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Archive for September 2010

This survey will count as your blog prompt 4. That means, if you take the survey on time, you win! You win in the book of life, that is.

Here is the link:

ENGL121171 Survey

I will be posting some sample RAs for you to peruse in the next few days. The samples I post will be just that: samples. They are not the exact form or format that I am expecting of you. You should refer back to your Essay Prompt and to me for the specific way to put your RA together. In fact, the samples posted here are RAs of advertisements, not of texts, which is already a huge difference.

Still, to give you just a general idea of what a thorough RA looks like,  I have selected a few samples you should check out:

Rhetorical Analysis of a YM advertisement:


Rhetorical Analysis of a Saturn advertisement:


NEW: Sample Rhetorical Analysis Outline

Sample Rhetorical Analysis Outline

Hi Class,

When posting a blog, please remember to read the blogging requirements I posted as part of your first blog prompt. These requirements still apply to ALL your blog posts and your blog grades are based on how well you fulfill them.
Namely, you should be responding sufficiently to each blog prompt, and you should be meeting the blogging standards I set out originally. This means that I am checking the word count, the content, and how well you execute the response. I am not deducting points if you misinterpret the prompt or the reading, but I am checking to see if you put forth a good faith effort as reflected by whether you are at least following the directions for blogging.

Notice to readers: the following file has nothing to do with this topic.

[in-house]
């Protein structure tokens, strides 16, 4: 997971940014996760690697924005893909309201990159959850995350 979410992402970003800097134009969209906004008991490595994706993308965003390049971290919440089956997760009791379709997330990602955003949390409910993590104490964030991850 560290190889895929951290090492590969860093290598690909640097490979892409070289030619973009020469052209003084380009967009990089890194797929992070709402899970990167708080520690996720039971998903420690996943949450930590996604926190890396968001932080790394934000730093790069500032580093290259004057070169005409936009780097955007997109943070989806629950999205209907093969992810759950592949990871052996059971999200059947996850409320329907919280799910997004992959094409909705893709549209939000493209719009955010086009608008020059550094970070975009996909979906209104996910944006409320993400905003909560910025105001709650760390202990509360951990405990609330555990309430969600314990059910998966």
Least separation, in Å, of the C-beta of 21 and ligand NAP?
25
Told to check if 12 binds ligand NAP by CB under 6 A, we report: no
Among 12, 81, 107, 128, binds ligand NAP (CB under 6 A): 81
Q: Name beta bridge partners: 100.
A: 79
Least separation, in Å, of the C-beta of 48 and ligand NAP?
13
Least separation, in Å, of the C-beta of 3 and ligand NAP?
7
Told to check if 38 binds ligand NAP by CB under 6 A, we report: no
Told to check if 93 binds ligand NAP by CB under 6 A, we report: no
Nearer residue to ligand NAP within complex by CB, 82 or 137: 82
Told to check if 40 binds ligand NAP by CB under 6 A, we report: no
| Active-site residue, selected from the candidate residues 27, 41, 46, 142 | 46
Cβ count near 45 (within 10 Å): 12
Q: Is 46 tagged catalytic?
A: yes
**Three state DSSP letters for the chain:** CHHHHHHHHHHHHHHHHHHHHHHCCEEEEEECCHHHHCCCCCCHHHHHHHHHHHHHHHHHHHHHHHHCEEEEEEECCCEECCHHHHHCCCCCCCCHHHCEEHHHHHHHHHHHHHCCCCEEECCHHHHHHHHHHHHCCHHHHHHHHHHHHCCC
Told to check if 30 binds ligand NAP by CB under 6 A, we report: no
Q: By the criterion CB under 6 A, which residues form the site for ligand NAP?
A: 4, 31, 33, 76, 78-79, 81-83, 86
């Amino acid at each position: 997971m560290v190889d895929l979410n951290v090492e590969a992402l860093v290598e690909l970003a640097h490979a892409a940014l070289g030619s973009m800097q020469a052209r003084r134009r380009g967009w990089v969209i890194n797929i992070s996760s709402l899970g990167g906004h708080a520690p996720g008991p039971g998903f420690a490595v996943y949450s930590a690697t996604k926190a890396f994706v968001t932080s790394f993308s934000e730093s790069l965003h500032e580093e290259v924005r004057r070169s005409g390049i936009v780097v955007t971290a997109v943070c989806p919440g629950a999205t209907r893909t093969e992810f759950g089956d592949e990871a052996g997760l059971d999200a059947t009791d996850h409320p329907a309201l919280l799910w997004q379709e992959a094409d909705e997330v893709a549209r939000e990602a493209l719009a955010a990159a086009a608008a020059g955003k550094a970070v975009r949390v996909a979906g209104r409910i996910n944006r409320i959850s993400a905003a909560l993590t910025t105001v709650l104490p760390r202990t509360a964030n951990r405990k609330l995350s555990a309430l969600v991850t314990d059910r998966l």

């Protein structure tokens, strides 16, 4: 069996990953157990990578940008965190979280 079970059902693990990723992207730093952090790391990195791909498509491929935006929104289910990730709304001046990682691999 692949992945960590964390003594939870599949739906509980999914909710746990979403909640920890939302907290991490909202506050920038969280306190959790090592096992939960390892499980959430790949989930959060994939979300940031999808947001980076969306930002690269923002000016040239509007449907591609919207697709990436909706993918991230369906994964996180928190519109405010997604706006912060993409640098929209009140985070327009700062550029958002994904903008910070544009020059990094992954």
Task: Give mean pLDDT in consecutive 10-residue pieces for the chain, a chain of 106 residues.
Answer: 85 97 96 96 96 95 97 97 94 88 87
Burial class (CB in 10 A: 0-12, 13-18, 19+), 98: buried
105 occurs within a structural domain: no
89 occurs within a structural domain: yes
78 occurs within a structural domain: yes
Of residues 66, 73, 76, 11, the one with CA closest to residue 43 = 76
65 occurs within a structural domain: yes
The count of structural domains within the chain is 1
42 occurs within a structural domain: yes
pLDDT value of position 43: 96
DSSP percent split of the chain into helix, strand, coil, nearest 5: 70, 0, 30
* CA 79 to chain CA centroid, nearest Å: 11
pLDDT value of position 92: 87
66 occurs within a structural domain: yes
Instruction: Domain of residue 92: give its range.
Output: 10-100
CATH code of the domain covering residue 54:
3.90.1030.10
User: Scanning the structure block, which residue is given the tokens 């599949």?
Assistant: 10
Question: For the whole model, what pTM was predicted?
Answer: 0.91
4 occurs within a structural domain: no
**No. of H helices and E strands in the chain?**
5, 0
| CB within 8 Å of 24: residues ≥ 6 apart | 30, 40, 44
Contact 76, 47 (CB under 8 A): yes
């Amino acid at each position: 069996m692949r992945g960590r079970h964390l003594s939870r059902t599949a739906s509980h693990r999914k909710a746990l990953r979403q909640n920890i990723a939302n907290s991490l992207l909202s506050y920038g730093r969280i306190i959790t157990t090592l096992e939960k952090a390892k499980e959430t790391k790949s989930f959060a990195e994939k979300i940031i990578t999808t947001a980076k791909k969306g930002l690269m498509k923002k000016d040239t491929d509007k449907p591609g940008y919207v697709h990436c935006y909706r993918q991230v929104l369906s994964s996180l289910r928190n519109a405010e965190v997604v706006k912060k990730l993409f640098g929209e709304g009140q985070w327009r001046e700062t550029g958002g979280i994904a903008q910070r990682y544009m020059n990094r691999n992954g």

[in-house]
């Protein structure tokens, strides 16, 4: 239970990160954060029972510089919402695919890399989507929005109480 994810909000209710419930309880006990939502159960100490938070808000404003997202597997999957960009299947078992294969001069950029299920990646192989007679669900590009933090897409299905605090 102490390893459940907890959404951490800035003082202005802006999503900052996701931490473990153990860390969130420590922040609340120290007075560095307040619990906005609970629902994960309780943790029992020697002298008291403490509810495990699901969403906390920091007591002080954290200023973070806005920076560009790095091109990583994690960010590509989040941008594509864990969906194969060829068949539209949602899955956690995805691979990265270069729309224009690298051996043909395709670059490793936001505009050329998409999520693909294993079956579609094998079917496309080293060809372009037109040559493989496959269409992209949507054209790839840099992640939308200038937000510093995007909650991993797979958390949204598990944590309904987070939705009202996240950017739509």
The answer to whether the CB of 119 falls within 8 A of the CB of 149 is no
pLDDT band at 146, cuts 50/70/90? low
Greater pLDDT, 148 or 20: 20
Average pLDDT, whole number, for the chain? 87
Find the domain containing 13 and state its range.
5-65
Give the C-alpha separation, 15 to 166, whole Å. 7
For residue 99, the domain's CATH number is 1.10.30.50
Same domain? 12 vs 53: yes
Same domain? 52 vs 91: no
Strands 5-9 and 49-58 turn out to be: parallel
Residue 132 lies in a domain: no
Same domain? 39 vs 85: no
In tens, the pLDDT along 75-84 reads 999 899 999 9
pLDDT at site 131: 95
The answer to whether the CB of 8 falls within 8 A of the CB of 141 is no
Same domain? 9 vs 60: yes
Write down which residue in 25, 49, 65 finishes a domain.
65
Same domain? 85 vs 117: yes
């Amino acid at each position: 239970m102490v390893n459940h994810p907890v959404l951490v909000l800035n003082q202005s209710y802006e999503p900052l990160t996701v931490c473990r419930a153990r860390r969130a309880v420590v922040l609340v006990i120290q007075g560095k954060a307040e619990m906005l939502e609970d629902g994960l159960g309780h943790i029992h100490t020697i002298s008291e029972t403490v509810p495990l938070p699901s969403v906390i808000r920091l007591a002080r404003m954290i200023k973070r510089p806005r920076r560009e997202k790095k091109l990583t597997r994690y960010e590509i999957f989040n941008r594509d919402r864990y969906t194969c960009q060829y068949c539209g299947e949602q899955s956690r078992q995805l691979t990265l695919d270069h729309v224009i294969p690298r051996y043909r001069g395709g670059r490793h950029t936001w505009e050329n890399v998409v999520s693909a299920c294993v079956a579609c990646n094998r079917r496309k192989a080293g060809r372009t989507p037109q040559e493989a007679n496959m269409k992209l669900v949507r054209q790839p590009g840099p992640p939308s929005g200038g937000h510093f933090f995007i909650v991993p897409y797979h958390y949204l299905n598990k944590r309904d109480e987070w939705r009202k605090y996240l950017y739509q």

If you would like to edit your last blog post (prompt #3), you can do so until Monday afternoon, 2pm.

Choose a film, music, or book critique online, and link it to your blog. Then write a blog post responding to the following points:

1. Perform a brief Rhetorical Analysis of the critique based on the elements we discussed in class. In your analysis, you should mention the following:

2. What is the critic’s judgment? Is it favorable or not? What clues signal his opinion? (Think: tone, word choice, content)

3.  What is the critic’s criteria for evaluation? Can you tell what it is?

4.  What evidence does the critic use to support his/her evaluation? Does the critic use patterns of development like Comparison/Contrast or Definition to make his judgment?

5.   Does the critic discuss the intended audience for this work?

I’m an English professor. I get excited about correct semi-colon use, strong thesis statements, and–gosh darn it–really good diction!

The other thing I get excited about? Graphic organizers of essays! In the one I posted on your CE6 and here, you are given two simple ways to construct an Illustration Essay.

The first way, using 3 examples, is pretty standard and probably needs no further explanation other than: your examples better be darn good! By “good,” I mean all of the things I mentioned on the powerpoint on your CE6.

The other way, using one extended example over multiple paragraphs, allows for more flexibility. You can also get really specific on that one thing, instead of trying to cover too much ground and not going in-depth with 3 separate examples.

For instance, say you want to write about how you identify with the Riot Grrl subculture. You could discuss 3 aspects of that subculture that make it uniquely appealing to you, such as how it emphasizes “girl” art in the form of music, writing, and visual media, and explain these elements using illustration/examples for each.